The yen rose in Asia on Tuesday after Japan's finance minister moved to reassure the central bank's independence, while also saying there were no plans to buy foreign bonds to drive up inflation.
The dollar slipped to 93.67 yen in Tokyo afternoon trade from 93.95 yen in London on Monday, while the euro was weaker at 125.02 yen and $1.3348 against 125.43 yen and $1.3353. US markets were closed Monday for a national holiday.
Finance chief Taro Aso told a press briefing Tuesday morning that Tokyo had "no intention" of asking the Bank of Japan to buy foreign bonds as part of its monetary easing policy.
Such purchases could push the yen down, as the bank sells the currency to buy foreign bonds, and draw more anger from some critics, particularly in Europe, who have accused Tokyo of manipulating the yen's recent steep decline.
Japanese officials have repeatedly fended off the criticism, which has seen Tokyo accused of risking setting off a global currency war in which rival nations drive down their currencies to gain a trade advantage.
Aso's comments -- which came a day after Prime Minister Shinzo Abe mentioned such a move -- were "the sensible thing to say considering international norms", said Daisuke Karakama, vice president of forex sales at Mizuho Corporate Bank.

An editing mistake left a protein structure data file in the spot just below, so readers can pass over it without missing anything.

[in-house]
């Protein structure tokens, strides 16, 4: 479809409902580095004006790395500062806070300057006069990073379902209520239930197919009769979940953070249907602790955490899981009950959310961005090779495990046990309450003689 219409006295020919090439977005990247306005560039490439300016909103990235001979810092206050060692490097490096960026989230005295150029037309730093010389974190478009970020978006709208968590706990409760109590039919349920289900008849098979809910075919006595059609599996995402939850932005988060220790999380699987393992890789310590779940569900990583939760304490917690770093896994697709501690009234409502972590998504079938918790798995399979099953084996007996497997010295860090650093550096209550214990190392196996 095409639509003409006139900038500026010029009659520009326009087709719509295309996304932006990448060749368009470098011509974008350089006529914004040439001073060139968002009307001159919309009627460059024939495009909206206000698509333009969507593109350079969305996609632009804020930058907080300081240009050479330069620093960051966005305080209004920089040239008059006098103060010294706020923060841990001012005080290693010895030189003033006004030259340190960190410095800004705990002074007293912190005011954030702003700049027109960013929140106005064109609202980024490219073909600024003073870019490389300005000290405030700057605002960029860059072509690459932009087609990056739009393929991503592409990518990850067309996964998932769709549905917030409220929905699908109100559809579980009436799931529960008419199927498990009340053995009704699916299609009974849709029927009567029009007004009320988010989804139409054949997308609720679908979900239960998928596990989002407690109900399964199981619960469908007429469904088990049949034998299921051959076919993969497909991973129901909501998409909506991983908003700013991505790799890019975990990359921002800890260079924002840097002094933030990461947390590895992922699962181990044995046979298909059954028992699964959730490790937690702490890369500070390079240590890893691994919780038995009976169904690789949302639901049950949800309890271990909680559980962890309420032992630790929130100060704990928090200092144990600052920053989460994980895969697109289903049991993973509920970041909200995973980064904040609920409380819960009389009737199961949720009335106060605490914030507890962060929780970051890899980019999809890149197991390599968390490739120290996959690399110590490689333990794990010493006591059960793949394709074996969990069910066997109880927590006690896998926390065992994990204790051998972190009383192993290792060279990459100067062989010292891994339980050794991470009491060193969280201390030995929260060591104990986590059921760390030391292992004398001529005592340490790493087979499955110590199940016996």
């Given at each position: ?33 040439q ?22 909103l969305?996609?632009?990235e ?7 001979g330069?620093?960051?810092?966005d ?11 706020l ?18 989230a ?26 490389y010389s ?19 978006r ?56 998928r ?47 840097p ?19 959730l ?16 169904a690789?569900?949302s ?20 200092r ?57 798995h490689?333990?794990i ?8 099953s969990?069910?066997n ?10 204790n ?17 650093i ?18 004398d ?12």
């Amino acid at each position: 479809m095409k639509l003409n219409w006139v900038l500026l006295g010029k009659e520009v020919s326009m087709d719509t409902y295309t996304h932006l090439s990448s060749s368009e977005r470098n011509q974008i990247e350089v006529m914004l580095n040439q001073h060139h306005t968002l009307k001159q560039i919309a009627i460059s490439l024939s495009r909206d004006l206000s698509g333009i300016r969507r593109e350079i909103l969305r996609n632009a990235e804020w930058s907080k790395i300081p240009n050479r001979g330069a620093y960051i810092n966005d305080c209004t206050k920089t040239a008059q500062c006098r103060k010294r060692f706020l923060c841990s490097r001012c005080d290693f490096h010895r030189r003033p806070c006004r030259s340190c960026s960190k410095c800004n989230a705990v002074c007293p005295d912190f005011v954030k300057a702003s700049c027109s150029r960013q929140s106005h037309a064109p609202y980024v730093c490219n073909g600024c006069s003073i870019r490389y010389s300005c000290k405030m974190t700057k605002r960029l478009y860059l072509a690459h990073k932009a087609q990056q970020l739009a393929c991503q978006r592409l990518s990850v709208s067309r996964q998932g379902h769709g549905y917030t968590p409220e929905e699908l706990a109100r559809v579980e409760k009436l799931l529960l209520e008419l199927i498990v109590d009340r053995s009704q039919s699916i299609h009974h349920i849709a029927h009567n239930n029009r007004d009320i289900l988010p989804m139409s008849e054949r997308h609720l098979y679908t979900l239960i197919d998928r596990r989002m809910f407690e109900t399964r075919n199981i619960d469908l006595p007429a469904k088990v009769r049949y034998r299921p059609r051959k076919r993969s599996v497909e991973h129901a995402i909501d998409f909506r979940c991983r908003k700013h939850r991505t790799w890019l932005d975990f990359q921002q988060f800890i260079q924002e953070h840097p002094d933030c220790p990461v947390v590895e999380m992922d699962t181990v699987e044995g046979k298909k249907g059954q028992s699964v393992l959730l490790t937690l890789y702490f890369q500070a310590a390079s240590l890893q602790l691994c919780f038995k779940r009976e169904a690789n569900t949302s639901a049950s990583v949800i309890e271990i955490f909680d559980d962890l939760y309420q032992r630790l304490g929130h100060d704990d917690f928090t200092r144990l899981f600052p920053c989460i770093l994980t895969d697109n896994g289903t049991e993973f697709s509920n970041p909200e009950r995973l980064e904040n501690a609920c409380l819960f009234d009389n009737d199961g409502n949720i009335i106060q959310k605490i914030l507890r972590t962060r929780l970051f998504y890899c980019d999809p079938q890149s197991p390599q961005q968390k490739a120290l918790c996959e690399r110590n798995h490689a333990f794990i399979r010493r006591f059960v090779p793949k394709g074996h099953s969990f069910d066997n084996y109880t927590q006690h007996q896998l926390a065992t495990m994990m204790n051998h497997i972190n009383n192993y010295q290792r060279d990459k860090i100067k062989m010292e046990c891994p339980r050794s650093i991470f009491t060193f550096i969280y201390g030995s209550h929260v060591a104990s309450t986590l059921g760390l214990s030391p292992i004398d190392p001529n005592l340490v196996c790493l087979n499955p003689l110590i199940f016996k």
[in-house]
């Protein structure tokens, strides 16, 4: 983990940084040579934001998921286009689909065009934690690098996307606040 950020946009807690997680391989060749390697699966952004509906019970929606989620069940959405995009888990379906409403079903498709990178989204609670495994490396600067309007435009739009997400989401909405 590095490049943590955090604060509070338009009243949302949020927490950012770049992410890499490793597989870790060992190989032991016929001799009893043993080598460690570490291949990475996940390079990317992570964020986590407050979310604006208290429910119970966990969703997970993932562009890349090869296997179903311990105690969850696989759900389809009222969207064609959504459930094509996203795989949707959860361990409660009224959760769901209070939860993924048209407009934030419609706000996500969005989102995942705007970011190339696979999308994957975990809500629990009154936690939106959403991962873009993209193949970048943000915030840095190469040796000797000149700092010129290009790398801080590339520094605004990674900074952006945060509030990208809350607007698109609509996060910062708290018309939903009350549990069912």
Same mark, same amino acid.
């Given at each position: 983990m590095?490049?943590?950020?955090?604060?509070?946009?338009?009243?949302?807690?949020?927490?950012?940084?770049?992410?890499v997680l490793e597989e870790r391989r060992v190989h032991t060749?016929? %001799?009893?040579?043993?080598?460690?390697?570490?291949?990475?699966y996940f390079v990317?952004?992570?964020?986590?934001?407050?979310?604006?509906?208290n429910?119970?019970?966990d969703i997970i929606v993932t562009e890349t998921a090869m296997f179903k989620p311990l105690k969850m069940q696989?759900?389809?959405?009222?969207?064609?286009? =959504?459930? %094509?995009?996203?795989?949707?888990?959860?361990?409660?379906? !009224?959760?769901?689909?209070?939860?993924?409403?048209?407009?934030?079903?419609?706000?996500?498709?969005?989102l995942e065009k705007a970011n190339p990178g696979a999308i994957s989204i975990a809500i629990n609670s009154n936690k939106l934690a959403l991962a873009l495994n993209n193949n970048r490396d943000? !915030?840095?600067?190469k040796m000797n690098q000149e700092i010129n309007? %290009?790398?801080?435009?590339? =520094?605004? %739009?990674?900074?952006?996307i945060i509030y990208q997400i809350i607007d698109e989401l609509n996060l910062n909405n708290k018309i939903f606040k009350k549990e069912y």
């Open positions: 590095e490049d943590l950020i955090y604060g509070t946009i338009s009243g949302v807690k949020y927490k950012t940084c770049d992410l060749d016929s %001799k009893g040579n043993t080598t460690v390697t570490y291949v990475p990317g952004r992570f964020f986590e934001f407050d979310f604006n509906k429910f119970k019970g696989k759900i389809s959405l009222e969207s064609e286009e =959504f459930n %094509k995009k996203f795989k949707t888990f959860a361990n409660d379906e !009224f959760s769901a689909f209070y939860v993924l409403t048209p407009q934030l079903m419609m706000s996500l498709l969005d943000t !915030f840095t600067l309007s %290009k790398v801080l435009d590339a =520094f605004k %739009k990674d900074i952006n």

Regarding the independence of the central bank Aso Tuesday said the new government was "not thinking about a law change at the moment".
Abe had warned Monday he would "consider revising the BoJ law" if it could not deliver on its two percent inflation target outlined last month under political pressure.
The premier, who swept to power in landslide December elections, signalled he may rein in the Bank of Japan's independence if it fails to fall into line with his government's demands to boost the economy.
Abe was not specific about the possible legislative changes, but he has previously mused about reeling in the BoJ, drawing global criticism.
The gain in the yen reversed Monday's losses fuelled by news Japan had avoided being labelled a currency manipulator in a statement from the Group of 20 leading economies at a weekend meeting.
"The statement pledged not to 'target our exchange rates for competitive purposes', taken as a green light for more QE (quantitative easing) in Japan and a weaker yen," National Australia Bank said in a note.
The dollar was mixed against other Asia-Pacific currencies, falling to Tw$29.57 from Tw$29.65 Monday, to 40.62 Philippine pesos from 40.65 pesos, and to 54.20 Indian rupees from 54.33 rupees.
The greenback also fell to Sg$1.2380 from Sg$1.2394, and 1,080.55 South Korean won from 1,081.90 won.
The dollar rose to 9,707 Indonesian rupiah from 9,670 rupiah, while staying almost flat at 29.88 Thai baht.
The Australian dollar inched up to $1.0327 from $1.0295 while the Chinese yuan eased to 14.98 yen from 15.04 yen.
-- Dow Jones Newswires contributed to this article --